NE Scotland, Orkney & Shetland

'No fingerprints' of accused at Brian McKandie murder scene

Steven Sidebottom and Brian McKandie
Image caption Steven Sidebottom (left) denies murdering Brian McKandie

The closing speeches have been heard in the trial of a man accused of murdering a pensioner at his cottage after the conclusion of all the evidence.

Brian McKandie, 67, was found dead in his home near Rothienorman in Aberdeenshire on 12 March 2016.

Steven Sidebottom, 25, denies murder and robbery. He has lodged a special defence of alibi.

The defence case closed on the 15th day of the trial at the High Court in Aberdeen on Tuesday morning.

The last defence witness, fingerprint examiner Diane Carmichael, told defence counsel Ian Duguid QC that nothing found at the scene matched Mr Sidebottom's fingerprints.

Advocate depute Iain McSporran, prosecuting, asked if there was an effective way not to leave fingerprints.

The witness replied: "You could wear gloves."

'Extremely violent attack'

As he began his closing address, Mr McSporran told the jury they would have to put "revulsion and sympathy" aside.

He said Mr McKandie was murdered in an "extremely violent attack".

Mr McSporran said it was a circumstantial case.

He said: "The motive for this appalling crime was theft and robbery."

He said Mr Sidebottom needed money, had planned a criminal job, and became "laden with cash".

'Magic money tree'

Mr McSporran said: "There is no magic money tree."

Describing the absence of forensic evidence against Mr Sidebottom, Mr McSporran said: "The absence of evidence is not evidence of absence."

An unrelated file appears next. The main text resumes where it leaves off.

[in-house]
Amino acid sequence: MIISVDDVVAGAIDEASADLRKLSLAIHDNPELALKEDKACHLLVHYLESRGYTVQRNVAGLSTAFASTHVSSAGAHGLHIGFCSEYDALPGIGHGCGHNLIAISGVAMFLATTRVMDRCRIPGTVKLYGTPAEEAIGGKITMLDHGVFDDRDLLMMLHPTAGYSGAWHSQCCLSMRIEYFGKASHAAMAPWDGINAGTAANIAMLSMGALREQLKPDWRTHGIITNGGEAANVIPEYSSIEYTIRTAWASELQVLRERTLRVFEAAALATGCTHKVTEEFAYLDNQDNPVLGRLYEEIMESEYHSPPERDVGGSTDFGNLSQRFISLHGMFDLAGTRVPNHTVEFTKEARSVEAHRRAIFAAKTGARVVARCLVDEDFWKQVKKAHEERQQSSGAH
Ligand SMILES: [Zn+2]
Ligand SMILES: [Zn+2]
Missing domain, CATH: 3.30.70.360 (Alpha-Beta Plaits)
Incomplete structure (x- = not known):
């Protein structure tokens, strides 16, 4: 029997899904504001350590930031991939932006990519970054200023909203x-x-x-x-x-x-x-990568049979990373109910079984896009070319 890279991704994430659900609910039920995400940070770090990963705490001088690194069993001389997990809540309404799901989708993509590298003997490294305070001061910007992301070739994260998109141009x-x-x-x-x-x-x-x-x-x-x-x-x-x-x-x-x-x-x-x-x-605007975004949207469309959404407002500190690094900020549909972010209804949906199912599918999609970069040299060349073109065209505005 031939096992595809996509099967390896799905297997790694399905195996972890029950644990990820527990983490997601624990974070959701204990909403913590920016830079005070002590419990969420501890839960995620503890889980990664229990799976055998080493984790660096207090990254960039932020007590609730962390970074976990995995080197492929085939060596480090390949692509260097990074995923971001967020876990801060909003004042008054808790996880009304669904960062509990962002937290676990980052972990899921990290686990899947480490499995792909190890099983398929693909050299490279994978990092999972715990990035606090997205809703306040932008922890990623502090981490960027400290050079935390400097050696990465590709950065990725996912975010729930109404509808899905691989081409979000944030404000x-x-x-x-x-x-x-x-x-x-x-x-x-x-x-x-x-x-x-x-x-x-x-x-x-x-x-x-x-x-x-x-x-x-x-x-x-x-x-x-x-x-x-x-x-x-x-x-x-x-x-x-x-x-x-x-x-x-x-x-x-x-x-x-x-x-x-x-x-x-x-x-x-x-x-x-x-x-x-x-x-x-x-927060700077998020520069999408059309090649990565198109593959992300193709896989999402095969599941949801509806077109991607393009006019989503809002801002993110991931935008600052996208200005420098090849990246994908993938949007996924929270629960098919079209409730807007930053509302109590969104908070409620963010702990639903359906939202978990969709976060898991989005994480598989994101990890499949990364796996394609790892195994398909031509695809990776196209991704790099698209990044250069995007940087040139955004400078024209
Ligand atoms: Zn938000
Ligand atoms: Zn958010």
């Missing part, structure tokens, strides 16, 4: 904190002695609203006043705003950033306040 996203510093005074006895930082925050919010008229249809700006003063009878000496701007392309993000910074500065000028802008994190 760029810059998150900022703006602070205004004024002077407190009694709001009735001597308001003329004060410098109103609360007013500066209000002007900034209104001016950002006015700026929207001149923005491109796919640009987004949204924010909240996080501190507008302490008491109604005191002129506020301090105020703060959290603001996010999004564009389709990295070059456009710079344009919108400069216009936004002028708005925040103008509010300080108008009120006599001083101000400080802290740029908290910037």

He said Mr Sidebottom had given false accounts of his movements on the day it is alleged Mr McKandie was murdered.

In his closing address, defence counsel Mr Duguid said Mr Sidebottom had not given evidence, but was under no obligation to do so, and was presumed innocent.

He asked the jury if there was any evidence money was stolen and if there had been a robbery at all.

Mr Duguid also said it would if have been "miraculous" for Mr Sidebottom to have avoided leaving behind forensic evidence if he was "the killer in the hallway".

Mr Sidebottom denies striking Mr McKandie with an unidentified implement or implements and robbing him of a container and a sum of money.

A special defence of incrimination has now been withdrawn.

Judge Lord Uist will deliver his charge to the jury on Wednesday morning, before they retire to consider a verdict.

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